Watershed Watch: September 2013

Watershed Watch 
Our Watershed Watch feature is dedicated to sharing our partners’ and others latest research and reports. If you have, or know of a report you would like us to feature in an upcoming issue of Downstream, please contact us and we will be happy to include it.
 
Return of the River Herring: Restored Access Leads to Record Runs up the Lamprey River
By: Michael Dionne, NH Fish & Game

The wild and scenic Lamprey River could soon be home to one of the strongest river herring runs on the Atlantic seaboard. Herring spend most of their life in the ocean, but migrate into freshwater rivers along the coast to spawn. Thanks to recent restoration efforts with the Wiswall Dam Fish Ladder construction, the 2013 herring return season could be the best yet!

To read all about this great restoration success CLICK HERE.
Overwhelming Risk: Rethinking Flood Insurance in a World of Rising Seas 
By: Union of Concerned Scientists
 
This newly released report focuses on insurance issues related to coastal storms, flooding and sea level rise. It discusses problems with the National Flood Insurance Program and FEMA flood risk maps, and provides recommendations for improvements that would better reflect the risks and realities of climate change.
The report also makes some recommendations to help address the equity concerns that may arise from increased insurance rates. It includes short case studies for Florida, Virginia, New Hampshire and New Jersey.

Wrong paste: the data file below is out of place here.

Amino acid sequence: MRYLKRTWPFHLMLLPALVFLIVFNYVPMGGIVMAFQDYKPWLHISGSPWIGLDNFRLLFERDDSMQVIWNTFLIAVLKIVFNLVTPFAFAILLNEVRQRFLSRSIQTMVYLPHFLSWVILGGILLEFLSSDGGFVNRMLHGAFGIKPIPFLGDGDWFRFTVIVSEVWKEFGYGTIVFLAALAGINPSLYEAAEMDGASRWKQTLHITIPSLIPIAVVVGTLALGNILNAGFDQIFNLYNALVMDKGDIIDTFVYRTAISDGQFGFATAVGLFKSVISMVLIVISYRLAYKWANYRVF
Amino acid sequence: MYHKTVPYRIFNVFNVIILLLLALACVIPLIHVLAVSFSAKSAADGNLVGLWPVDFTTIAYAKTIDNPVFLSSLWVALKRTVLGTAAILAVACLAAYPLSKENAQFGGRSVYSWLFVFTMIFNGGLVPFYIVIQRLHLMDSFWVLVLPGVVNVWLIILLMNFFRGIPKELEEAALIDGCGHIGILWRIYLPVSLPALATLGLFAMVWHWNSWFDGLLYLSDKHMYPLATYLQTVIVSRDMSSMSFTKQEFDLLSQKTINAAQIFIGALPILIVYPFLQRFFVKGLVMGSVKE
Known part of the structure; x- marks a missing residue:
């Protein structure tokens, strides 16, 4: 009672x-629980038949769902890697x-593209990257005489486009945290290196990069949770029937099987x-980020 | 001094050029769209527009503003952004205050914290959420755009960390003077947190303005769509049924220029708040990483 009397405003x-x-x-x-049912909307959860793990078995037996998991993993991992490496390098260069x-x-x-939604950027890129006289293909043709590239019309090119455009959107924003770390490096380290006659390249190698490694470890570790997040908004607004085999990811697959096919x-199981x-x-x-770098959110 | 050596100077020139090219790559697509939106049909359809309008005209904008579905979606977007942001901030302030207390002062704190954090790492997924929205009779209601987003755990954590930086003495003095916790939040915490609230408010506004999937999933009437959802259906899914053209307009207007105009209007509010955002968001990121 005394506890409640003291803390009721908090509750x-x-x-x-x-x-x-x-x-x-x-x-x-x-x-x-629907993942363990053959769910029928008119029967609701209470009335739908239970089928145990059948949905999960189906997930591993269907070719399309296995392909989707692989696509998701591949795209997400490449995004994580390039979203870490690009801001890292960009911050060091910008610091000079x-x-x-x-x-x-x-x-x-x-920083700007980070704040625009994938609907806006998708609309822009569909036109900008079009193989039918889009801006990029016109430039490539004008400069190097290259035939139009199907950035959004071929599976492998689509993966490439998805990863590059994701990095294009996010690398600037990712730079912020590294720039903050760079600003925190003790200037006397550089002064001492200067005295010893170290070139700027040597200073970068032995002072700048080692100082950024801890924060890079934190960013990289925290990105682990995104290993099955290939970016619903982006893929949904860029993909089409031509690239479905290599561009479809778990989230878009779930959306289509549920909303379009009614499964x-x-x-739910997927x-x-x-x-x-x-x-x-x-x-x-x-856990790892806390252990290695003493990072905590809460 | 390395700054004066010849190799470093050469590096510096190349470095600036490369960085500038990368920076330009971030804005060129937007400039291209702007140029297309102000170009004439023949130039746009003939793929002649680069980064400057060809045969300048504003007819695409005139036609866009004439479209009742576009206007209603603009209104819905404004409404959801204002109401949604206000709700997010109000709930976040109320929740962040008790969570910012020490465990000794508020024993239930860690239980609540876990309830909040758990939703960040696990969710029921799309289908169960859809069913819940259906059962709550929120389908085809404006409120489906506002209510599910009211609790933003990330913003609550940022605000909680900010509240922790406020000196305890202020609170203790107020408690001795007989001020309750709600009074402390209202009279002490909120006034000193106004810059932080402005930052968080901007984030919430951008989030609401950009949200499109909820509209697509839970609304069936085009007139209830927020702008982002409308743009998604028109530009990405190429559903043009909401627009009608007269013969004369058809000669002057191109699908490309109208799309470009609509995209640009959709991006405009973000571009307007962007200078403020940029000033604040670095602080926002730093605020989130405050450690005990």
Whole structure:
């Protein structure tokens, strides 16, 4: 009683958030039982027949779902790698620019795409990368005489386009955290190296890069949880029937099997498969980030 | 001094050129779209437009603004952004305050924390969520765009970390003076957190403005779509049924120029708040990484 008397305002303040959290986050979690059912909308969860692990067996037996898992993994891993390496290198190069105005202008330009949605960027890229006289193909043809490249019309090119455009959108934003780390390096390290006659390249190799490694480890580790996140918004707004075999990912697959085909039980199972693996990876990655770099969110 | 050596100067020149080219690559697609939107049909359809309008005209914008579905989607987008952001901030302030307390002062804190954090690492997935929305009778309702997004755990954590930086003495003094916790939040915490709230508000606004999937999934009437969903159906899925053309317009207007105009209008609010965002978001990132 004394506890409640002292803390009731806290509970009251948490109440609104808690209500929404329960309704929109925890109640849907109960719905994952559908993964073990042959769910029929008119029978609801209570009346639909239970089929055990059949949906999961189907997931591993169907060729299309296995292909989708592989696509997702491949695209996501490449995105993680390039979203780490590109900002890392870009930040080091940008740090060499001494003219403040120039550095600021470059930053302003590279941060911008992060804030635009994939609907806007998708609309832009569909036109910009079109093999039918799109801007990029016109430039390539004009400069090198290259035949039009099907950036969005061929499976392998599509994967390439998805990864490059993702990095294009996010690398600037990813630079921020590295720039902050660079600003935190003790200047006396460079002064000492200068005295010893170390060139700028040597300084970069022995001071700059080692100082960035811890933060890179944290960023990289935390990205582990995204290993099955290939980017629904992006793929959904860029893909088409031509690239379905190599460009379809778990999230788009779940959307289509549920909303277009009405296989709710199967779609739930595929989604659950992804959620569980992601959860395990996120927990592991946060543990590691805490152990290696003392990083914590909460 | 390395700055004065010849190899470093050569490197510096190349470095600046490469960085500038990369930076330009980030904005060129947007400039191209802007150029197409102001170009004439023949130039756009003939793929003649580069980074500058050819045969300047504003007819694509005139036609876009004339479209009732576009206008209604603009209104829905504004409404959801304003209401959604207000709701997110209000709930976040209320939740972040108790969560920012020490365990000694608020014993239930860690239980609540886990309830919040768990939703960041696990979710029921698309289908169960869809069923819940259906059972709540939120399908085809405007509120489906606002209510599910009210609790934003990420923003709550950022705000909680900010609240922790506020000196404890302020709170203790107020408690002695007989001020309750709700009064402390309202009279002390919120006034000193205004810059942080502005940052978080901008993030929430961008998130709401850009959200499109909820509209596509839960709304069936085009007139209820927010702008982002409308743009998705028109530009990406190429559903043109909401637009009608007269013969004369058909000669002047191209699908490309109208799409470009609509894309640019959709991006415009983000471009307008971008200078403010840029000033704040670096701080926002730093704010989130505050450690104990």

Download the Full Report
Connect to local action on Climate Change with the NHCAW 
 
Durham’s Third Way: One Great Bay Community Blazing a New Trail to Clean Water?
By: Sam Evans-Brown, NH Public Radio
A fantastic feature from NHPR about Durham’s efforts on controlling storm water and addressing nitrogen inputs into the estuary. It explores all sides of the Great Bay nitrogen issue and features Durham’s “green approach” to dealing with storm water, the EPA’s regulations and the legal fight with other communities. Definitely worth a listen!

PREP is part of the U.S. Environmental Protection Agency’s National Estuary Program, a joint program between local, state and federal agencies established under the Clean Water Act with the goal of protecting and enhancing nationally significant estuarine resources. PREP is supported in part by an EPA matching grant and is housed within the School of Marine Science and Ocean Engineering at the University of New Hampshire.

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